Likewise, slappa-da-bass member Kevin Ray impressed me as always last night. Kevin is ridiculously good at multitasking and that was apparent on stage as he played bass, aided in percussion, and made intimate connections with audience members somehow simultaneously. If you're lucky enough to find yourself on Kevin Ray's side of the stage during a show, you're in for a treat as his interaction is really unlike any other. He seeks out smiles from every person on the floor and will make sure to smile back as soon as he sees that you're looking. He makes sure to get to everyone in the crowd and he makes the experience very personal and intimate. His ultimate goal is just to make sure that everyone is having the time of their life, and he effortlessly accomplished this last night.

The band also includes members Sean Waguaman on drums and Eli Maiman on lead guitar. Sean is like Superman with sticks. He went hard all night long and really embodied what is is to be a non-stop entertainer. If he has a kyrptonite, I definitely didn't see it last night in Denver. Likewise, lead guitarist Eli Maiman played the guitar like you wouldn't believe. He has a special skill for making the guitar sound like something that's not a guitar. His solos provide the sounds for Petricca's atmosphere. His guitar had a voice, and when I listened, it spoke. This tour is also special because the foursome is accompanied by friend and percussioinst, Lachland "Lucky" West and he elevated the live sound by bringing a little something extra to the group that you can't hear outside of a live show.

So, unless slapping on some face-paint, listening to uplifting rock music, and dancing your heart out with a crowd full of people as happy as you doesn't sound like your cup of tea, I highly encourage you to go see WALK THE MOON the next time they come to Colorado. This band is different. Good different.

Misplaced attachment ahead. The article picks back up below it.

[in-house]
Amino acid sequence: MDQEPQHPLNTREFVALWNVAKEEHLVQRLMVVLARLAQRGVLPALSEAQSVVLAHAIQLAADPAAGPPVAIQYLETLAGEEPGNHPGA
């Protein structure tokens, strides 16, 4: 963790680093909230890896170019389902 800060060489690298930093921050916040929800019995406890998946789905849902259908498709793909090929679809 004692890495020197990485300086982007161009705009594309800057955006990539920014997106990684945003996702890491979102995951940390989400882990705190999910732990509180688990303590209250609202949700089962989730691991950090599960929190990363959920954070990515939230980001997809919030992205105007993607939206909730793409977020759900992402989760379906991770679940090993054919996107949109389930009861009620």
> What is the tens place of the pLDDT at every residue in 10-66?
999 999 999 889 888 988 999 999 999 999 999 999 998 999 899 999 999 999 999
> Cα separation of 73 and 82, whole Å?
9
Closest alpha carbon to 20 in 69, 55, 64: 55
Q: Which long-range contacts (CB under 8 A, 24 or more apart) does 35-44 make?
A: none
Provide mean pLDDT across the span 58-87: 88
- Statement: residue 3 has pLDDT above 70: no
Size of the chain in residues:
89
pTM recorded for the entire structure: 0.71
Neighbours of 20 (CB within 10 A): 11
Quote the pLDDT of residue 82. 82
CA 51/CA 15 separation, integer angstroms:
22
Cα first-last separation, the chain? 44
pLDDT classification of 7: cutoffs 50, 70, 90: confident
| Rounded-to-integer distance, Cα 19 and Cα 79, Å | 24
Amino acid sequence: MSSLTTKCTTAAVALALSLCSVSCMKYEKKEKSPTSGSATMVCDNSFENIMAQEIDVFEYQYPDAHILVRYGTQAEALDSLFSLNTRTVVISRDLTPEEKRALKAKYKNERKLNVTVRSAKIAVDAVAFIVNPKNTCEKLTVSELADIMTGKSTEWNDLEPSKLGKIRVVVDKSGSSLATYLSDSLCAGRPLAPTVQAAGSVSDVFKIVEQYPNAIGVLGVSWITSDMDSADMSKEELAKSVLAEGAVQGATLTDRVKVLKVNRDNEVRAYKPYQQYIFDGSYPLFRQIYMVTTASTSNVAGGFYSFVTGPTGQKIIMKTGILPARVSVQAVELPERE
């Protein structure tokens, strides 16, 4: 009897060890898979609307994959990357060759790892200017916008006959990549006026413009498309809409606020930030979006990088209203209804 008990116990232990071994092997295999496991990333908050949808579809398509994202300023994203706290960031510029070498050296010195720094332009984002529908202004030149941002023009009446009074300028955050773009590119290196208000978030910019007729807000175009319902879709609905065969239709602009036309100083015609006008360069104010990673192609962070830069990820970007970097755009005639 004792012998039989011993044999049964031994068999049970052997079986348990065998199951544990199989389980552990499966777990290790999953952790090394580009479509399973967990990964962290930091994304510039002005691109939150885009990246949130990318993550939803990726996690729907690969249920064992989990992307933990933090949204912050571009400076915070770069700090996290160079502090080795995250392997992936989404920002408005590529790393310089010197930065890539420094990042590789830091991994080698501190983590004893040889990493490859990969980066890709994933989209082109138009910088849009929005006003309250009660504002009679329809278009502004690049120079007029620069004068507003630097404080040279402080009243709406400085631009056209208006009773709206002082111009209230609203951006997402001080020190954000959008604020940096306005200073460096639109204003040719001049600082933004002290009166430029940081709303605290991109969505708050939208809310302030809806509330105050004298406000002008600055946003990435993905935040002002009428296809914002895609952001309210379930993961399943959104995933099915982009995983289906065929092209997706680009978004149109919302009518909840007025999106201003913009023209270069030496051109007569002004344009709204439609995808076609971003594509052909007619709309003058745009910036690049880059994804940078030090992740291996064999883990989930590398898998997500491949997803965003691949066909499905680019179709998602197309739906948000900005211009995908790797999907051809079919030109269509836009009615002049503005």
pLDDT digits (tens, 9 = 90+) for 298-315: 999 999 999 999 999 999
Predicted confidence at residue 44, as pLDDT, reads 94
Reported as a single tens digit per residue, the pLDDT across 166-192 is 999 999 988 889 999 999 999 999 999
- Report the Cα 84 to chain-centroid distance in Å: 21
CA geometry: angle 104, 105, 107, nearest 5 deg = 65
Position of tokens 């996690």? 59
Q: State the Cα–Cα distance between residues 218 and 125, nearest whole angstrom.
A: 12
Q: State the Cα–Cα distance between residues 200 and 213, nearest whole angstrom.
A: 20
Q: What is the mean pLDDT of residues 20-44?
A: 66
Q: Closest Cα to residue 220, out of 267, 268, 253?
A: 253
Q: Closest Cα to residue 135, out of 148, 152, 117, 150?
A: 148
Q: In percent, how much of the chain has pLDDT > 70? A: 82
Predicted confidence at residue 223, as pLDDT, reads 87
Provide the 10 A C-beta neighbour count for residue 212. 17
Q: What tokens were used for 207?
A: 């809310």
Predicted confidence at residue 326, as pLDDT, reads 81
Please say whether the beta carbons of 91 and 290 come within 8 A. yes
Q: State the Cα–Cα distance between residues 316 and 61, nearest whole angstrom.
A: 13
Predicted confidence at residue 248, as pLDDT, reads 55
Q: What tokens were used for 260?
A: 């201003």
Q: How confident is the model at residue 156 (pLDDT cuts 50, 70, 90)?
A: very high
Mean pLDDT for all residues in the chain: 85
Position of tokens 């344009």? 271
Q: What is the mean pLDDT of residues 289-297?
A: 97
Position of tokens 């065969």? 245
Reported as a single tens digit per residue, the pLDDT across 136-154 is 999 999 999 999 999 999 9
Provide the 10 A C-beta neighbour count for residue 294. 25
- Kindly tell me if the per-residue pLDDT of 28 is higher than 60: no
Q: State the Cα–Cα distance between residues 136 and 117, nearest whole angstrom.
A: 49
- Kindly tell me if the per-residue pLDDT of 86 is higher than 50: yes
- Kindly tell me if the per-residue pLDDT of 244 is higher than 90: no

Cover Image Credit: ellapizarrophoto.com

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Send All Therapy Bills to the Prom Committee

Cue the pig's blood.

It's about damn time someone addressed the elephant in the room: school dances.  For decades now, we as adolescents accepted the horror, the emotionally traumatic experience of a school dance.  Our parents encouraged us to go, our peers expected us, and the media blew the entire occasion out of proportion with examples like Footloose and Back to the Future.

I survived several school dances and I will tell you right now, Kevin Bacon never showed up to one and never would my entire graduating class have banded together to turn a mill into a suitable dance hall, even if Kenny Loggins did serenade us the entire time with songs about being free and heaven helping the man.  Nor did Micheal J. Fox make an appearance with a prepared guitar solo in hand and I know I didn't but did anyone ever feel especially enchanted or under the sea while at a dance?